The Alawis of Syria: War, Faith and Politics in the Levant
By Michael Kerr and Craig Larkin (editors)
(New York: Oxford University Press, 2015) 384pp.
Reviewed by Mr. Carl Yonker, Junior Research Fellow, MDC-Tel Aviv University, & Ph.D. Candidate, Tel Aviv University
The renewed focus on, and interest in, the region’s ethnic and religious minorities, be it the Christians, Kurds, Yazidis, or, in the case of the present review, the Alawis, is a byproduct of the ongoing crises in the Middle East and the rise of the Islamic State. As Stefan Winter, one of the book’s contributors, acerbically – albeit accurately – notes in the introduction of his essay, this renewed interest in the Alawis, and, by extension, other confessional groups, is “largely superficial” (p. 49). Nevertheless, Winter, in contributing to the present volume, believes the renewed interest in the Alawis deserves to be addressed, particularly in the comprehensive, thorough and insightful manner as the scholars gathered together by editors Michael Kerr and Craig Larkin have done.
Kerr, Larkin, and the twelve other authors featured in the book aims “to fill the gap in [readers’] knowledge of Syrian politics and society and, by extension, regime-Alawi relations, the flexible and changing nature of Alawi identities, and the role played by the Alawi community in opposition and pro-government organizations during the first years of the civil war” (p. 2). Divided into four sections – the Alawis in historical perspective; Alawis and the Syrian state; Alawi communities and identities; and the Alawis in conflict and contention in the Syrian civil war – the book details the differing Alawi responses to the current crisis and the regime’s efforts to “[link] this community’s fate to its own survival” (p. 2). Thus, the book seeks to demonstrate that the Alawi community is neither a monolith nor can it be equated with the regime of Bashar al-Asad. Rather, the Alawi community of Syria is dynamic and diverse, and the community’s identities are being changed and shaped anew by the political, social, economic, and geographic upheaval brought about by five years of war. With this objective in mind, Kerr and Larkin are to be commended for putting together this excellent and timely collection of studies.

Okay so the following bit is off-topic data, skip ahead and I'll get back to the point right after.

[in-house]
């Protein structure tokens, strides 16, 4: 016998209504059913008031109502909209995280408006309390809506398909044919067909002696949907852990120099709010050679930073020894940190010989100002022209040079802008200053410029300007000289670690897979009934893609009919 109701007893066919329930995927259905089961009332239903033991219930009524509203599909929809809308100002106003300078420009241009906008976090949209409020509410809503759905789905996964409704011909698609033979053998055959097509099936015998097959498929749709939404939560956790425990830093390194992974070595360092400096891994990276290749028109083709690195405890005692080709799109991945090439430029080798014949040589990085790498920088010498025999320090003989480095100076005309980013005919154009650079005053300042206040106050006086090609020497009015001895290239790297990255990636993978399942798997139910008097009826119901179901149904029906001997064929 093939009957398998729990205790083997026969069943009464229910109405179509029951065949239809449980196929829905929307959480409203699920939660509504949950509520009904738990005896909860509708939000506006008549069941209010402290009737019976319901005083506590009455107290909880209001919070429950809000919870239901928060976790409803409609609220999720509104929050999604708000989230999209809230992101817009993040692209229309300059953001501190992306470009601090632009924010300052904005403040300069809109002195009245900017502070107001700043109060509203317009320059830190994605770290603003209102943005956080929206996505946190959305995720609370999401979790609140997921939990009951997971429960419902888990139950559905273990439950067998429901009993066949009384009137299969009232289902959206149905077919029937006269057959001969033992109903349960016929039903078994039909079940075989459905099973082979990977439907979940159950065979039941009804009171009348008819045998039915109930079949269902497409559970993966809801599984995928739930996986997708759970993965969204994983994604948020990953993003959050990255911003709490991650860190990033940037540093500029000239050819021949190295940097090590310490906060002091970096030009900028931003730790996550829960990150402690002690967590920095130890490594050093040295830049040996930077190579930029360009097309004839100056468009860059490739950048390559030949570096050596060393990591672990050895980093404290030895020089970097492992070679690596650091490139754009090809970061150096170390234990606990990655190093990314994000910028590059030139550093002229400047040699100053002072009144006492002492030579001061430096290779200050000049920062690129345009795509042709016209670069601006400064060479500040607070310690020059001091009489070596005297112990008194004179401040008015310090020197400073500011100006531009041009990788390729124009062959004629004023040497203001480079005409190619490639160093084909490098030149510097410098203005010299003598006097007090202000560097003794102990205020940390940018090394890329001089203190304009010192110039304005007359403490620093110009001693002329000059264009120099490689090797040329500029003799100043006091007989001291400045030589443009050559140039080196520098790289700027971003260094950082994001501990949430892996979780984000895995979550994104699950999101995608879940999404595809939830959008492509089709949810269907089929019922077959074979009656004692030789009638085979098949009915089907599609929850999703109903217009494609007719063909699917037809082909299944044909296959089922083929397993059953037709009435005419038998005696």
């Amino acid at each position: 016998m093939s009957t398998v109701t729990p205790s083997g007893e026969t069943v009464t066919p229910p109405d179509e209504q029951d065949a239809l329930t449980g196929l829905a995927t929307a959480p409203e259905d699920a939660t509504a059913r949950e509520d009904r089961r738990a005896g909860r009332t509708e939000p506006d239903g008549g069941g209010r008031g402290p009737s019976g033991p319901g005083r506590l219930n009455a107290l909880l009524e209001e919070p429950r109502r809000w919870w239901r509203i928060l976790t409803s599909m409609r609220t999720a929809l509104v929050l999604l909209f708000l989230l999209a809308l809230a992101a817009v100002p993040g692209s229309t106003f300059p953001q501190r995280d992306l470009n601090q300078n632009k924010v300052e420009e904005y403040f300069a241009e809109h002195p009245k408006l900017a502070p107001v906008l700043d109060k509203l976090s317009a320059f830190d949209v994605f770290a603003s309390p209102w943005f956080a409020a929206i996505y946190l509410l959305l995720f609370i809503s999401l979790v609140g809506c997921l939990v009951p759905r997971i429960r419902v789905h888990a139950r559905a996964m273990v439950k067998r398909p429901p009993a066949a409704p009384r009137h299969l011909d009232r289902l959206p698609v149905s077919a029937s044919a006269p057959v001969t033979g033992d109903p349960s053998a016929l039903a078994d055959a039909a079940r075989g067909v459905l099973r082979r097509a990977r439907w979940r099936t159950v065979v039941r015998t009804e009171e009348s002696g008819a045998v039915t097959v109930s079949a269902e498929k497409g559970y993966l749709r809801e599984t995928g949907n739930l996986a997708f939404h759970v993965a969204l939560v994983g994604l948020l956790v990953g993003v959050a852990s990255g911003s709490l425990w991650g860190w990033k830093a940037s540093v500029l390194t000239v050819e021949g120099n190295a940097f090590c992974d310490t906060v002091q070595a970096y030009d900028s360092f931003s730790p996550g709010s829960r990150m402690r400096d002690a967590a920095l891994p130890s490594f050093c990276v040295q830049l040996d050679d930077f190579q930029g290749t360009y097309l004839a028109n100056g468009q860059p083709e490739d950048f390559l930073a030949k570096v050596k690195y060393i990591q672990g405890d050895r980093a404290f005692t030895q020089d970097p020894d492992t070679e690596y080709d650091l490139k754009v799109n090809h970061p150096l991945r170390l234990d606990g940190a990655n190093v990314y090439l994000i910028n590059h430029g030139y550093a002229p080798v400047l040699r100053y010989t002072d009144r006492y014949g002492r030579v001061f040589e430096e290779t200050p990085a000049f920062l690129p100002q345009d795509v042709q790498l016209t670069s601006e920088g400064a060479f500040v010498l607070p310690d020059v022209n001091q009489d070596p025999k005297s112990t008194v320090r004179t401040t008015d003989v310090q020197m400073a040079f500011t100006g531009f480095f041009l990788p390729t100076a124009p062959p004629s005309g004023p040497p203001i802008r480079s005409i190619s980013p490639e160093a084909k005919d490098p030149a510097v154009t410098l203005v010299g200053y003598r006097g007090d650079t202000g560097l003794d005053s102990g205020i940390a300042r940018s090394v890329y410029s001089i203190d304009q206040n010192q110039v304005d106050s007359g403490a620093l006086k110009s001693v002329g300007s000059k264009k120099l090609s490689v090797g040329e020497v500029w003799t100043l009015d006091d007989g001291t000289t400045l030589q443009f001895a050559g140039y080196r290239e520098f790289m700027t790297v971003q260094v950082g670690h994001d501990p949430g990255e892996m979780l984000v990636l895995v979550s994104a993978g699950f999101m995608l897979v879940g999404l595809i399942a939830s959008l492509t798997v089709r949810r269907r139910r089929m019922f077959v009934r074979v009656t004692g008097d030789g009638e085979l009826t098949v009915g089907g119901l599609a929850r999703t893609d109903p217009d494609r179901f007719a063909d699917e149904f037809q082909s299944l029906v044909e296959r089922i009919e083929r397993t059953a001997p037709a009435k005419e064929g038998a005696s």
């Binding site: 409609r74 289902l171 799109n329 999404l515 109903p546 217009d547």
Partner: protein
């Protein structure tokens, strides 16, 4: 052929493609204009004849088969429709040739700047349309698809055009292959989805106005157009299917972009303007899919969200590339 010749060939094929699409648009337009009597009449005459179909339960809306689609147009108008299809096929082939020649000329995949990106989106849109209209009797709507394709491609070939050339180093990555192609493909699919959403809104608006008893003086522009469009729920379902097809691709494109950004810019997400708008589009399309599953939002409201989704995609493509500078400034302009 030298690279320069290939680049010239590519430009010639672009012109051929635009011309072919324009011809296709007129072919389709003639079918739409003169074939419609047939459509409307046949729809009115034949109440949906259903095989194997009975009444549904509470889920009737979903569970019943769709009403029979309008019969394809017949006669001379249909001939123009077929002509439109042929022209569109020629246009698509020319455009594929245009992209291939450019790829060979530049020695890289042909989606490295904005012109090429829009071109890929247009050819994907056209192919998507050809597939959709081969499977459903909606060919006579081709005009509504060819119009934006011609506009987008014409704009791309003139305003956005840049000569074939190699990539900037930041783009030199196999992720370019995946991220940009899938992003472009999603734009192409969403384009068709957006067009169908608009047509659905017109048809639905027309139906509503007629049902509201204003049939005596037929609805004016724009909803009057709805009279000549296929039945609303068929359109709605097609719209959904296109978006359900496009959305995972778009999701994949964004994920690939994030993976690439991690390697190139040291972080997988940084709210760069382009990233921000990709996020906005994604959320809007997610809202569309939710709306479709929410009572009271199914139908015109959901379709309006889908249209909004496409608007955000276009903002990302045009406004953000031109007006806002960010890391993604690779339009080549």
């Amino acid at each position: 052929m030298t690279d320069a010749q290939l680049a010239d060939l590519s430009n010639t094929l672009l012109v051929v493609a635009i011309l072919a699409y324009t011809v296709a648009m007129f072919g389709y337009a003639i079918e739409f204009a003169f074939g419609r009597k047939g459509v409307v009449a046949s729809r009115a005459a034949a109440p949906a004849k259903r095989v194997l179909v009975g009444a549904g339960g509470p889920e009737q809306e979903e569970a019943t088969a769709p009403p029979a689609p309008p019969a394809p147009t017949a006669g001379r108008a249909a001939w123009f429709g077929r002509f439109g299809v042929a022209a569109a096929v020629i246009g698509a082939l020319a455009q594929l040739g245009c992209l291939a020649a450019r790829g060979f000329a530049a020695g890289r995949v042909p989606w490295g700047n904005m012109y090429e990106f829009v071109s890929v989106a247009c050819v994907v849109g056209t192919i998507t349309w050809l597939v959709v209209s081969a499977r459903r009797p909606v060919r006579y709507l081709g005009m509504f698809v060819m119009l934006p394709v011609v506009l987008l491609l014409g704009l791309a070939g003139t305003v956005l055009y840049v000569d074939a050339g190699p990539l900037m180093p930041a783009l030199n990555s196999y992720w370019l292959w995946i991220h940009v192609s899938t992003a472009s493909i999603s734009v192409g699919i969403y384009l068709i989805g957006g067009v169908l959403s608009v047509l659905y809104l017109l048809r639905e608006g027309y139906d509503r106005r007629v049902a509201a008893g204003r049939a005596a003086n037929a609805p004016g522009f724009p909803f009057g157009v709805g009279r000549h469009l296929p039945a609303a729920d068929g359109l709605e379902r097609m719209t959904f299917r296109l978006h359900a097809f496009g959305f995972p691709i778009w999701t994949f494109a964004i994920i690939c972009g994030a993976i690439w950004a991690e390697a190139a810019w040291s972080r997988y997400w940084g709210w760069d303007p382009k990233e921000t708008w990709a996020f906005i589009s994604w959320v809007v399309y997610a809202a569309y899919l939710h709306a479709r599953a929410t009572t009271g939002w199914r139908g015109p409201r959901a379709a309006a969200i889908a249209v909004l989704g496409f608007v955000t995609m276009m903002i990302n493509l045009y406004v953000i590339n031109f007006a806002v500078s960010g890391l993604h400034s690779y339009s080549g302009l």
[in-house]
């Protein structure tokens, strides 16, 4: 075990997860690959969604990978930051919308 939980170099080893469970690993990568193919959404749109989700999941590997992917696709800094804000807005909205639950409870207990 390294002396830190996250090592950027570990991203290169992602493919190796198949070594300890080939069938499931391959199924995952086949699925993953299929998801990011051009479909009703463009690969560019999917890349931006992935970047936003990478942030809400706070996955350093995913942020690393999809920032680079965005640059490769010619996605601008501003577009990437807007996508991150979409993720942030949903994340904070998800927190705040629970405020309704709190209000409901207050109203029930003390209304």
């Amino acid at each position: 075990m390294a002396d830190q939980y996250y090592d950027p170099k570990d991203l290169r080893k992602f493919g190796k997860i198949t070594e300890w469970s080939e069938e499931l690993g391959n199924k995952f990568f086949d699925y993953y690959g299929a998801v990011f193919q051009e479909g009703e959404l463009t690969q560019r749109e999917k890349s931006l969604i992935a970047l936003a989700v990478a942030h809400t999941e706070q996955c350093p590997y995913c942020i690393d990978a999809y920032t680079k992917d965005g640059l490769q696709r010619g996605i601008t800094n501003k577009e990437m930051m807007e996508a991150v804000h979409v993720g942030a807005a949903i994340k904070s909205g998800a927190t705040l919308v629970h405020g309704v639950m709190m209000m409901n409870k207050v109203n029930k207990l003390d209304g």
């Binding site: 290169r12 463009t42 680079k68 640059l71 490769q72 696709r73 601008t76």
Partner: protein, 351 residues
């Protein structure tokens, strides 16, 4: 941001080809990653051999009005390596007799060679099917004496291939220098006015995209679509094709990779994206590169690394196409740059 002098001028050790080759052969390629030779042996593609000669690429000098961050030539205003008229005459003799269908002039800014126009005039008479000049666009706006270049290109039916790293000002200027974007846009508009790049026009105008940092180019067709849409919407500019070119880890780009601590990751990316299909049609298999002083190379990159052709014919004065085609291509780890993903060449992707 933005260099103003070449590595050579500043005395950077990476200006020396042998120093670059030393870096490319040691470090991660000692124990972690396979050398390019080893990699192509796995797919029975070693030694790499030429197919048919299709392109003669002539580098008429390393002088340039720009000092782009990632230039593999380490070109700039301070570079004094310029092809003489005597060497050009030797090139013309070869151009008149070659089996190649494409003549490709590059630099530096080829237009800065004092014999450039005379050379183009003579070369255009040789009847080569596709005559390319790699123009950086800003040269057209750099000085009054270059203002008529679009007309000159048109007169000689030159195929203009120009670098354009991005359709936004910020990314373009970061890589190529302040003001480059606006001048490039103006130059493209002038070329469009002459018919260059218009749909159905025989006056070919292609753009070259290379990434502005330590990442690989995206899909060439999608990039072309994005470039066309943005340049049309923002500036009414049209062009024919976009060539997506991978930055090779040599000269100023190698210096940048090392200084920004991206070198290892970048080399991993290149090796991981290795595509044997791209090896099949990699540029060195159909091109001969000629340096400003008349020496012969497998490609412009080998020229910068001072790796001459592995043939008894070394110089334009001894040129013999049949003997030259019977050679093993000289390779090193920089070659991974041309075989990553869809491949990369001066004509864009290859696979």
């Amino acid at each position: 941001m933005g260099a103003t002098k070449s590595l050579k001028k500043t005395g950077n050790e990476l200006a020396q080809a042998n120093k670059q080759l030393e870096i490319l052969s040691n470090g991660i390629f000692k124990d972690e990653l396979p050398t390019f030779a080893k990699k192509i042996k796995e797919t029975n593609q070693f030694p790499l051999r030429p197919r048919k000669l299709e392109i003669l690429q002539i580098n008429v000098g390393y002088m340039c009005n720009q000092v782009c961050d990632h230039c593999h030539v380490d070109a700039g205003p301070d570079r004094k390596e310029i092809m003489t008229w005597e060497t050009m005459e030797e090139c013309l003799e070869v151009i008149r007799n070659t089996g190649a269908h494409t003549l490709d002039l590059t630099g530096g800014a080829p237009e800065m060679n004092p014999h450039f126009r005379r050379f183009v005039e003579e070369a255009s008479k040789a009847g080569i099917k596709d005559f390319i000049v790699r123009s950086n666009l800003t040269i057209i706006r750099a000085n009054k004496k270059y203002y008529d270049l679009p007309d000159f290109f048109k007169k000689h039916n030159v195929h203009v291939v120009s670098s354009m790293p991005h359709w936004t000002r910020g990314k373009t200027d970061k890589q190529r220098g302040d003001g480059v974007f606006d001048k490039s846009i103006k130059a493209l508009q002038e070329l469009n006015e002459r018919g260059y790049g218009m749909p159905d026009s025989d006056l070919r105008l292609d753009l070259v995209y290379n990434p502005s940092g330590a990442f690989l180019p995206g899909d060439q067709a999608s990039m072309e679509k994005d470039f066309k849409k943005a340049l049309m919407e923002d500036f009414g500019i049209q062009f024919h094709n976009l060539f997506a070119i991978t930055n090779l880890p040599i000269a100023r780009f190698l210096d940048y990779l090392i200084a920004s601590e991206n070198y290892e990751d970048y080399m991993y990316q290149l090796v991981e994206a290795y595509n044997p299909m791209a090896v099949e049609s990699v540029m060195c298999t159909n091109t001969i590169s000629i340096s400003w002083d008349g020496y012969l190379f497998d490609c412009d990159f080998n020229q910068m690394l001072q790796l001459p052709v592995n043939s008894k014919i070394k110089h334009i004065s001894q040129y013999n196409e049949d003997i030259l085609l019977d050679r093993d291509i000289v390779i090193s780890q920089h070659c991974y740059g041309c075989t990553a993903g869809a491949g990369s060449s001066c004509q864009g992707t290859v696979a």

As the works included in this volume amply demonstrate, in historical perspective, examples of unity and division and diversity and homogeneity, whether along tribal, ideological, economic or geographic lines, are not new phenomena in the Alawi community. The recent death of Bashar al-Asad’s mother, Anisa Makhlouf, provides a nice historical anecdote that is but one example of the ideological differences that existed within the community. Anisa’s betrothal to Bashar’s father, Hafez, in the 1950s was strongly opposed by her father, a staunch supporter of the Syrian Social Nationalist Party (SSNP), whose fiercest and most bitter ideological and political rival in Syria was the Baʿth Party, to which Hafez belonged.
Returning our attention to the present volume, a number of chapters stand out from the rest, though stating this by no means implies the others are of any lesser quality and scholarly rigor. The first chapter in the book, written by Aslam Farouk-Alli, provides an engaging and insightful overview of Alawi history from its emergence as a community to the present, detailing its evolution as a religious and political community. Fabrice Balanche traces the geographic and social shifts experienced by the Alawi community throughout the twentieth century, specifically under Baʿth rule, and includes a number of informative maps and graphics detailing the community’s demographic growth and population shifts. In the final section of the book, Aron Lund analyzes the etymological evolution of the term Shabiha, and its imprecise use to, among other things, characterize the various pro-regime militias operating in the country and denigrate opponents. Lund also breaks down the various regime-allied militias, contributing to our understanding of the armed movements that have proliferated in the conflict. Finally, Carsten Wielend provides much needed insights into Alawi participation in the opposition, reinforcing the sad reality that the Alawi community is “both perpetrators and victims/regime and opposition” (p. 243). Reinoud Leenders provides a strong, cogent counter-argument to the prevailing perception that the Asad regime, in its application of violence, has acted in an irrational and incompetent manner, arguing that the regime has been “calculative, rational, and learning” (p. 246), adapting its strategies, tactics, and policies in an effort to remain in power.
This book is a must read for anyone – scholar or lay reader – interested not only in Syrian history or the history of a minority religious community, but in understanding the dynamics of the ongoing Syrian conflict. It is well-written and comprehensive, making it an accessible work that is a pleasurable and rewarding read.